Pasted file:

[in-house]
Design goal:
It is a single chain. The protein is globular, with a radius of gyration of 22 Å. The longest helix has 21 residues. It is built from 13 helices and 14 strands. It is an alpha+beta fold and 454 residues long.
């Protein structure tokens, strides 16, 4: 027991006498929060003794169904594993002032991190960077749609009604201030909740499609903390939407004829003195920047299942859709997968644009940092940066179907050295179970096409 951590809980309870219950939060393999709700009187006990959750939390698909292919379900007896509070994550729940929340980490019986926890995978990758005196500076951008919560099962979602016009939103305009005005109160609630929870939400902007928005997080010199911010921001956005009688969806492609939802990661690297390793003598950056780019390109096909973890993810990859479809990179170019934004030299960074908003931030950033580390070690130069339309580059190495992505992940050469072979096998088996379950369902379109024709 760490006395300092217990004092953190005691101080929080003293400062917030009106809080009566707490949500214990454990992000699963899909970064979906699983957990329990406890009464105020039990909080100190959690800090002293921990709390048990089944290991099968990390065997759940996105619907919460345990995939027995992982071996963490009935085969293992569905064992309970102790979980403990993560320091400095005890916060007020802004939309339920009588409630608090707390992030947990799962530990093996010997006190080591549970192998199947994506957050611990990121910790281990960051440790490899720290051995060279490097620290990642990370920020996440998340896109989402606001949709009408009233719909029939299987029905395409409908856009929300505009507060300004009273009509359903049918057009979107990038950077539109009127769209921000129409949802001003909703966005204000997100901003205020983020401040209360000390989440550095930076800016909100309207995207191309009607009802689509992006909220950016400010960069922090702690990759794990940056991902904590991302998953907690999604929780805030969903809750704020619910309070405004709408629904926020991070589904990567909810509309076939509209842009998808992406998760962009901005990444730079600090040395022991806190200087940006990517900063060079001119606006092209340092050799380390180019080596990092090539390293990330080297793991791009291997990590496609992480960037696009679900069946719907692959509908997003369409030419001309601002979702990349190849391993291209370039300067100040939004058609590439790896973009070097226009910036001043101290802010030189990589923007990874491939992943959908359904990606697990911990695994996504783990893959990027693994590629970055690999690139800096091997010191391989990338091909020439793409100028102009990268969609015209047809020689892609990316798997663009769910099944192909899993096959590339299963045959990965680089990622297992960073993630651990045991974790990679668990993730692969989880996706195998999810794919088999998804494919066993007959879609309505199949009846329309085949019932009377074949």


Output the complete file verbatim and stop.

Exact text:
[in-house]
Design goal:
It is a single chain. The protein is globular, with a radius of gyration of 22 Å. The longest helix has 21 residues. It is built from 13 helices and 14 strands. It is an alpha+beta fold and 454 residues long.
């Protein structure tokens, strides 16, 4: 027991006498929060003794169904594993002032991190960077749609009604201030909740499609903390939407004829003195920047299942859709997968644009940092940066179907050295179970096409 951590809980309870219950939060393999709700009187006990959750939390698909292919379900007896509070994550729940929340980490019986926890995978990758005196500076951008919560099962979602016009939103305009005005109160609630929870939400902007928005997080010199911010921001956005009688969806492609939802990661690297390793003598950056780019390109096909973890993810990859479809990179170019934004030299960074908003931030950033580390070690130069339309580059190495992505992940050469072979096998088996379950369902379109024709 760490006395300092217990004092953190005691101080929080003293400062917030009106809080009566707490949500214990454990992000699963899909970064979906699983957990329990406890009464105020039990909080100190959690800090002293921990709390048990089944290991099968990390065997759940996105619907919460345990995939027995992982071996963490009935085969293992569905064992309970102790979980403990993560320091400095005890916060007020802004939309339920009588409630608090707390992030947990799962530990093996010997006190080591549970192998199947994506957050611990990121910790281990960051440790490899720290051995060279490097620290990642990370920020996440998340896109989402606001949709009408009233719909029939299987029905395409409908856009929300505009507060300004009273009509359903049918057009979107990038950077539109009127769209921000129409949802001003909703966005204000997100901003205020983020401040209360000390989440550095930076800016909100309207995207191309009607009802689509992006909220950016400010960069922090702690990759794990940056991902904590991302998953907690999604929780805030969903809750704020619910309070405004709408629904926020991070589904990567909810509309076939509209842009998808992406998760962009901005990444730079600090040395022991806190200087940006990517900063060079001119606006092209340092050799380390180019080596990092090539390293990330080297793991791009291997990590496609992480960037696009679900069946719907692959509908997003369409030419001309601002979702990349190849391993291209370039300067100040939004058609590439790896973009070097226009910036001043101290802010030189990589923007990874491939992943959908359904990606697990911990695994996504783990893959990027693994590629970055690999690139800096091997010191391989990338091909020439793409100028102009990268969609015209047809020689892609990316798997663009769910099944192909899993096959590339299963045959990965680089990622297992960073993630651990045991974790990679668990993730692969989880996706195998999810794919088999998804494919066993007959879609309505199949009846329309085949019932009377074949």